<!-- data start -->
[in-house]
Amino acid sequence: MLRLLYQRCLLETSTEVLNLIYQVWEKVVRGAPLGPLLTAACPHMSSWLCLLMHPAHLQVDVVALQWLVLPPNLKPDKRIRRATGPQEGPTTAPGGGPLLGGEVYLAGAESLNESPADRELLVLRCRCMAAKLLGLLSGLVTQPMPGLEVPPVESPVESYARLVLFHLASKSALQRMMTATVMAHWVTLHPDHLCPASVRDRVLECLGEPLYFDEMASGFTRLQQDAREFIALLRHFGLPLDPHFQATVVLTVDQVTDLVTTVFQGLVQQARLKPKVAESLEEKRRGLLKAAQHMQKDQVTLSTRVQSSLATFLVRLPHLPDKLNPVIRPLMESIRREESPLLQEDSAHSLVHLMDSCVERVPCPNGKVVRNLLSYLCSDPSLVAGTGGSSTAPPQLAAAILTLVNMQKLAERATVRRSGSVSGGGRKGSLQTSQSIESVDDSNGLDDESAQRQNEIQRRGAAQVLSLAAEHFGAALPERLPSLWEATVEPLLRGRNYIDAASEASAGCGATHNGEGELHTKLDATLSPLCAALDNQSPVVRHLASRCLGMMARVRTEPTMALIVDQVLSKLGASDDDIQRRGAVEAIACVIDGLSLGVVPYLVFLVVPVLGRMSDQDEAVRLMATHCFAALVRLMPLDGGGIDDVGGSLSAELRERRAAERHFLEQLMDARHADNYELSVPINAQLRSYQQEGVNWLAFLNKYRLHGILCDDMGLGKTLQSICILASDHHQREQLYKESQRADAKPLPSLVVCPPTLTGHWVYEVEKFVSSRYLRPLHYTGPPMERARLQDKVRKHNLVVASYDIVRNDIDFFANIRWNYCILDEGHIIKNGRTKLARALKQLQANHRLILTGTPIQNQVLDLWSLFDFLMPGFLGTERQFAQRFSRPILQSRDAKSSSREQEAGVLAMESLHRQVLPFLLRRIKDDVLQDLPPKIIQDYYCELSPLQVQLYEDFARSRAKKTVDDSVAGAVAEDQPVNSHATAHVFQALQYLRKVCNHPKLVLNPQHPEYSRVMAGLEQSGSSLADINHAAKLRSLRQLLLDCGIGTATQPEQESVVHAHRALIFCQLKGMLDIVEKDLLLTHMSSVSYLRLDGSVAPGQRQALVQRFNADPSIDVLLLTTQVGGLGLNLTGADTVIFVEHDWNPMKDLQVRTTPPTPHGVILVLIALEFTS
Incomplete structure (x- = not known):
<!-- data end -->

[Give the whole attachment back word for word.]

[in-house]
Amino acid sequence: MLRLLYQRCLLETSTEVLNLIYQVWEKVVRGAPLGPLLTAACPHMSSWLCLLMHPAHLQVDVVALQWLVLPPNLKPDKRIRRATGPQEGPTTAPGGGPLLGGEVYLAGAESLNESPADRELLVLRCRCMAAKLLGLLSGLVTQPMPGLEVPPVESPVESYARLVLFHLASKSALQRMMTATVMAHWVTLHPDHLCPASVRDRVLECLGEPLYFDEMASGFTRLQQDAREFIALLRHFGLPLDPHFQATVVLTVDQVTDLVTTVFQGLVQQARLKPKVAESLEEKRRGLLKAAQHMQKDQVTLSTRVQSSLATFLVRLPHLPDKLNPVIRPLMESIRREESPLLQEDSAHSLVHLMDSCVERVPCPNGKVVRNLLSYLCSDPSLVAGTGGSSTAPPQLAAAILTLVNMQKLAERATVRRSGSVSGGGRKGSLQTSQSIESVDDSNGLDDESAQRQNEIQRRGAAQVLSLAAEHFGAALPERLPSLWEATVEPLLRGRNYIDAASEASAGCGATHNGEGELHTKLDATLSPLCAALDNQSPVVRHLASRCLGMMARVRTEPTMALIVDQVLSKLGASDDDIQRRGAVEAIACVIDGLSLGVVPYLVFLVVPVLGRMSDQDEAVRLMATHCFAALVRLMPLDGGGIDDVGGSLSAELRERRAAERHFLEQLMDARHADNYELSVPINAQLRSYQQEGVNWLAFLNKYRLHGILCDDMGLGKTLQSICILASDHHQREQLYKESQRADAKPLPSLVVCPPTLTGHWVYEVEKFVSSRYLRPLHYTGPPMERARLQDKVRKHNLVVASYDIVRNDIDFFANIRWNYCILDEGHIIKNGRTKLARALKQLQANHRLILTGTPIQNQVLDLWSLFDFLMPGFLGTERQFAQRFSRPILQSRDAKSSSREQEAGVLAMESLHRQVLPFLLRRIKDDVLQDLPPKIIQDYYCELSPLQVQLYEDFARSRAKKTVDDSVAGAVAEDQPVNSHATAHVFQALQYLRKVCNHPKLVLNPQHPEYSRVMAGLEQSGSSLADINHAAKLRSLRQLLLDCGIGTATQPEQESVVHAHRALIFCQLKGMLDIVEKDLLLTHMSSVSYLRLDGSVAPGQRQALVQRFNADPSIDVLLLTTQVGGLGLNLTGADTVIFVEHDWNPMKDLQVRTTPPTPHGVILVLIALEFTS
Incomplete structure (x- = not known):